Or, we could look at some options closer to home. While we don’t seem to be in any immediate danger from asteroids, asteroid detection and deflection technology might be worth looking into. We still haven’t found everything that’s out there, and there is a small possibility Earth could be hit by a sizable asteroid in the near future. The good news is, we’re working on this too. One of the brightest possibilities was called “Mirror Bees” and involved sending several dozen satellites to reflect sunlight at a spot on an asteroid to destroy it. (They actually worked better than nuclear warheads!) Lasers were later discovered to work better, so now they’re called “Laser Bees”.  And as great as that sounds, I just can’t shake the idea that these laser bees will turn against us and lead a terrifying robot rebellion.

This will be you

One final path NASA might choose to take could solve the energy crisis. Space based solar power isn’t a new idea, but we’re finally developing the technology to take advantage of a virtually unlimited source of energy: The sun. Collecting solar power in space is much more efficient than on Earth, but the current problem lies with transporting that energy back to earth. Once this problem is solved and the technology becomes cost-efficient, however, space based solar power could solve a lot of energy problems.


NASA proved once again last night that America is at the forefront of developing new technology for space exploration. The potential for NASA moving forward into the future is sky-high (and beyond!). Perhaps President Obama put it best in his official statement: The successful landing of Curiosity – the most sophisticated roving laboratory ever to land on another planet – marks an unprecedented feat of technology that will stand as a point of national pride far into the future. It proves that even the longest of odds are no match for our unique blend of ingenuity and determination.”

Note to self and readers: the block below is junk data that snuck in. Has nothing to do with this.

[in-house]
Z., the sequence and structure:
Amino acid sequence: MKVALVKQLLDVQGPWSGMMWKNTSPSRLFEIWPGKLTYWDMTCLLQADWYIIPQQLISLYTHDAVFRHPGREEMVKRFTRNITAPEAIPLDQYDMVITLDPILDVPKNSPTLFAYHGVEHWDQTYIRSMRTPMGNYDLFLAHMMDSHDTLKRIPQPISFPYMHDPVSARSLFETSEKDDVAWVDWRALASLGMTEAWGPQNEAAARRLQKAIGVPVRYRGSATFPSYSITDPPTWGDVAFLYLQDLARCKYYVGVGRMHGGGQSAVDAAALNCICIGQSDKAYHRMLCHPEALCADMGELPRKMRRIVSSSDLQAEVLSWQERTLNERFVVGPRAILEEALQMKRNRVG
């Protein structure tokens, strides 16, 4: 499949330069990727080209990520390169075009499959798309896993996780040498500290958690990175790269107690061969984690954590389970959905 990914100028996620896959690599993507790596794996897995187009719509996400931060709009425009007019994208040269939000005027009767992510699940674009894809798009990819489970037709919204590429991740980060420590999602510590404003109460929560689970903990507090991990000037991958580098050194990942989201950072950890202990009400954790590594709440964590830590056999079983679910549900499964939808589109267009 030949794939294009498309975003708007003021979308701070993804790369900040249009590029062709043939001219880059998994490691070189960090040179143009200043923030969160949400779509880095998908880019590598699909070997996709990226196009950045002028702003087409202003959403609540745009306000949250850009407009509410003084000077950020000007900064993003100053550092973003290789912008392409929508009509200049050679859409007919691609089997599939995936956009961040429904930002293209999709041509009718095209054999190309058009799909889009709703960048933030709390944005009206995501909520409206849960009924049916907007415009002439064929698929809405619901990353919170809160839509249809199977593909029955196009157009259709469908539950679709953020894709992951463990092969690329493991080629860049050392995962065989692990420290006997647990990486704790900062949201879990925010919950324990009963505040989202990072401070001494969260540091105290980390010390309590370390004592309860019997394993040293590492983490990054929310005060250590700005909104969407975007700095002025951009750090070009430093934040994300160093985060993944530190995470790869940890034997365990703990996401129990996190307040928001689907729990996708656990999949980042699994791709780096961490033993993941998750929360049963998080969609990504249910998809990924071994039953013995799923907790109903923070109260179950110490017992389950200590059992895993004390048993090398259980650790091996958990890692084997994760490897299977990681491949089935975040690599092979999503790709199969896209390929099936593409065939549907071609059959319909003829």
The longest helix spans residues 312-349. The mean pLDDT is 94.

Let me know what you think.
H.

Space enthusiasts like myself can rest easy knowing that the future of space exploration is in good hands. If NASA continues these feats, we very well may go Onward to the Edge within our lifetime. The landing of Curiosity last night through seven minutes of terror was one small touchdown for a rover, but one giant leap for space exploration.


TL;DR: NASA scientists are awesome. You should send them a gift card.

Image credits: NASA (diagram), Wikipedia (shuttle, Titan, Curiosity), The Planetary Society (laser bees)

Video credit: Telegraph